Cities across the country have canceled hundreds of millions of dollars in capital construction projects, a further setback in the effort to rebuild crumbling roads, bridges, schools and sewers, a congressional report says.
The survey of 301 cities, prepared for the Joint Economic Committee, found that high interest rates and tight budgets caused a 60 percent reduction in planned capital projects last year. The cutbacks included the cancellation of 73 long-term bond issues totaling $685 million, or 15 percent of what they actually borrowed last year.
The survey, the latest on the failing health of American cities, said that local officials have planned a 30 percent increase in capital spending this year, but that poor economic conditions probably will force much of this work to be postponed again.
Rep. Henry S. Reuss (D-Wis.), the committee chairman, described these delays as the result of a "survival-of-the-fittest approach" to urban policy by President Reagan.
Reuss said Congress ought to provide greater capital assistance to distressed cities next year. He supported his party's recent effort to create public service jobs to repair roads and bridges.
"The administration, though, has put cities on notice -- the federal government will not come to their rescue," Reuss said. He said Reagan's policy is that cities without strong economic bases and natural resources "apparently are not worth saving."
Cities have found it increasingly difficult to market their bonds, in part because investors have been flocking to new tax shelters and industrial revenue bonds, the report said. Deborah Matz, one of the authors, said the study was prepared before the recent dip in interest rates, but she said only a major decline in rates would have much effect on municipal bonds.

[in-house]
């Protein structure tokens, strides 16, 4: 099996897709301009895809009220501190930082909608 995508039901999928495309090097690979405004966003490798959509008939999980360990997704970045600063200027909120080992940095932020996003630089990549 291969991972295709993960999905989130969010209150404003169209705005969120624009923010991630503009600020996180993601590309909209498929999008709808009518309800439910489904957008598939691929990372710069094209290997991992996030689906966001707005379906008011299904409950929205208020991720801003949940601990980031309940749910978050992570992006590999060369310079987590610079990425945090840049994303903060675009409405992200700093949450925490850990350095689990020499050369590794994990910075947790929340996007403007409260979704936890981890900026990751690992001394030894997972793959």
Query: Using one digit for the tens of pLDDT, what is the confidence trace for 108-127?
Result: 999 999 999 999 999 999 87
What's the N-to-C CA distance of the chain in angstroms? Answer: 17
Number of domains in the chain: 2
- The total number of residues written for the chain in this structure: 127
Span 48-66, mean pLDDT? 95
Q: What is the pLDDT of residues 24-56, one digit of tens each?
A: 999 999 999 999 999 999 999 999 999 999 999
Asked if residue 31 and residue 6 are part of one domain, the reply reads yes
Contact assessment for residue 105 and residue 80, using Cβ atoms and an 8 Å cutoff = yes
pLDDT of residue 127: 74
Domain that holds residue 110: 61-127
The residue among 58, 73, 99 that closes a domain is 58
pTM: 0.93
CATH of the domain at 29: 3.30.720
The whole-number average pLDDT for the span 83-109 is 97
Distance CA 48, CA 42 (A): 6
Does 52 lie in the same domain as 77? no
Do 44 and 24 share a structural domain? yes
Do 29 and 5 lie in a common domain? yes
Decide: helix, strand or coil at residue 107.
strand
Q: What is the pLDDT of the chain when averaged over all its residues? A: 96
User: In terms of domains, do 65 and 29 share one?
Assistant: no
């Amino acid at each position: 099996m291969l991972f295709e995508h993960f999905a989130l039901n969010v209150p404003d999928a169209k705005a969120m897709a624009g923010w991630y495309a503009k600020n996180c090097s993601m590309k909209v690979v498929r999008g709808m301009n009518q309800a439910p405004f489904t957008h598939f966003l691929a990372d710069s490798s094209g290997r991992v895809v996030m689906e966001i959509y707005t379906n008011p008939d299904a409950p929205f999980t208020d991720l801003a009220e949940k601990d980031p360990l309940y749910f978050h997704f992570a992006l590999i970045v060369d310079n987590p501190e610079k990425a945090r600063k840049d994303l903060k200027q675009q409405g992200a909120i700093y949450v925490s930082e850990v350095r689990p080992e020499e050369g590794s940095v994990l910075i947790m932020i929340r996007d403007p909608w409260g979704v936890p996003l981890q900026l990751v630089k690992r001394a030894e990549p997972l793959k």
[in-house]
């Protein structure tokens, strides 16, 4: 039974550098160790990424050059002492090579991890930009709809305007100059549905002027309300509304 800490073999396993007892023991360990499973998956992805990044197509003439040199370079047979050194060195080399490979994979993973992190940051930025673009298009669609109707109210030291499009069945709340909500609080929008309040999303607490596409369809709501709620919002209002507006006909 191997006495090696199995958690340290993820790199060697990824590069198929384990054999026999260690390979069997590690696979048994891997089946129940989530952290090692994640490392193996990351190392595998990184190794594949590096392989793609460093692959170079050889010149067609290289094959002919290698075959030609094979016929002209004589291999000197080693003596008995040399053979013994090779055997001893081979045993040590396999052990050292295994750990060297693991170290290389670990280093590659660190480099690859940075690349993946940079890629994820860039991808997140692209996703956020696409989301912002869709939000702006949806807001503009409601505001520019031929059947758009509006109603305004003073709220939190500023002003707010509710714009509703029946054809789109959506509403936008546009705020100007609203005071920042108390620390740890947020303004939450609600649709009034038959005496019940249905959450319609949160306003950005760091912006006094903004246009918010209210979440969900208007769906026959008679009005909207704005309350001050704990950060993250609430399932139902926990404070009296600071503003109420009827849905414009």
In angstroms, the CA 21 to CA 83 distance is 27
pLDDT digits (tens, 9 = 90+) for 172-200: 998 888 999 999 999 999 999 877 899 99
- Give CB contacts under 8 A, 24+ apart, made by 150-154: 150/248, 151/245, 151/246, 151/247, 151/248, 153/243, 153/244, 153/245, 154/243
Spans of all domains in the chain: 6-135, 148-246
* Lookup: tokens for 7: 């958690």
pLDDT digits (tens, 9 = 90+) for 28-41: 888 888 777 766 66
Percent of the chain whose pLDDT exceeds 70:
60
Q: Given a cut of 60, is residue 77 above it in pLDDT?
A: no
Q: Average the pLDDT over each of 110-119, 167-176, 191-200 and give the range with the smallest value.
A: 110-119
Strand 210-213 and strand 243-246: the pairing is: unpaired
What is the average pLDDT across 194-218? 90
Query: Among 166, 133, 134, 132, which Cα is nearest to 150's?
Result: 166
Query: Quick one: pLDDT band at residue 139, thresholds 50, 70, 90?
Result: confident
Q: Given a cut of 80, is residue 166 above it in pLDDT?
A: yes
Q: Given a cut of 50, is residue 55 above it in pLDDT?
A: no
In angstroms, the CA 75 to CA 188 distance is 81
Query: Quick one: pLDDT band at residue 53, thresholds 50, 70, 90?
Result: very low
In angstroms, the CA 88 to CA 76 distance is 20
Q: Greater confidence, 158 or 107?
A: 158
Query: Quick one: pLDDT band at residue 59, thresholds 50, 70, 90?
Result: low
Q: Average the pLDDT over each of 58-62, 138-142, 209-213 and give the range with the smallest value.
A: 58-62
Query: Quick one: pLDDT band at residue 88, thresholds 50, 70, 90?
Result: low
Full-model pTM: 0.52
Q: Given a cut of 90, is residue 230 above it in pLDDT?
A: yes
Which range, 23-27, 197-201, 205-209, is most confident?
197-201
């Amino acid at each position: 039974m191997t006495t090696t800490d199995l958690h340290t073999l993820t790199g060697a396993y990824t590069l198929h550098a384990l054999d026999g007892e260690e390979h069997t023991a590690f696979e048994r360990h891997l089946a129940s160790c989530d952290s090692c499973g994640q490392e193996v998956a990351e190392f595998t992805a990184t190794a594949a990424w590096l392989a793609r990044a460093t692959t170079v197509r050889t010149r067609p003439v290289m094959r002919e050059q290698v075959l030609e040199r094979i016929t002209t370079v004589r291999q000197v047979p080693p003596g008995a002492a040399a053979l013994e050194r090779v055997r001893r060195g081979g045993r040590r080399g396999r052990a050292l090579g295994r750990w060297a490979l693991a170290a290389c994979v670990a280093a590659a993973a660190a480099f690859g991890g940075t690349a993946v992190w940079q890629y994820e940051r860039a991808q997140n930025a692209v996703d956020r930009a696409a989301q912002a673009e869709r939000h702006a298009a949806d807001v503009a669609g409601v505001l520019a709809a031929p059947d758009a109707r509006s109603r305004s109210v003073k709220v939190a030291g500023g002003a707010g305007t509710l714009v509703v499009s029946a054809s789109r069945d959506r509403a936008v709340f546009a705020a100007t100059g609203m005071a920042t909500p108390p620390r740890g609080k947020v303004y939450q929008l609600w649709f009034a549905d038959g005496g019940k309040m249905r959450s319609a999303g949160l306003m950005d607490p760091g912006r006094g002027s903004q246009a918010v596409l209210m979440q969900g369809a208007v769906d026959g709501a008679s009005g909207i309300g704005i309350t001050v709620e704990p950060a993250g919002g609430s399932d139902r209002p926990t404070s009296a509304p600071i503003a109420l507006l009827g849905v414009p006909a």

One of the survey's most sobering findings, Matz said, is that city officials expect revenues to increase by only 1.3 percent this year, far less than in previous years and not enough even to keep pace with inflation. At the same time, these officials predicted that their expenses would rise 7.8 percent.
The report suggested that the recession and the high cost of credit already have taken their toll. Two of every five cities surveyed, including nearly half the largest cities, said they faced deficits in 1981. Sixty-three percent of these larger cities said they expect to be in the red this year.
The cities are being squeezed further by a loss of government aid. City officials said they expect a 12 percent drop in federal aid this year and an abrupt slowdown in state aid, which jumped by a surprising 10 percent last year to help offset some of the federal cutbacks.
One result of the slowdown in capital spending is that more city officials are imposing fees on those who use libraries, swimming pools, parks and other facilities. These user charges were up 15 percent last year.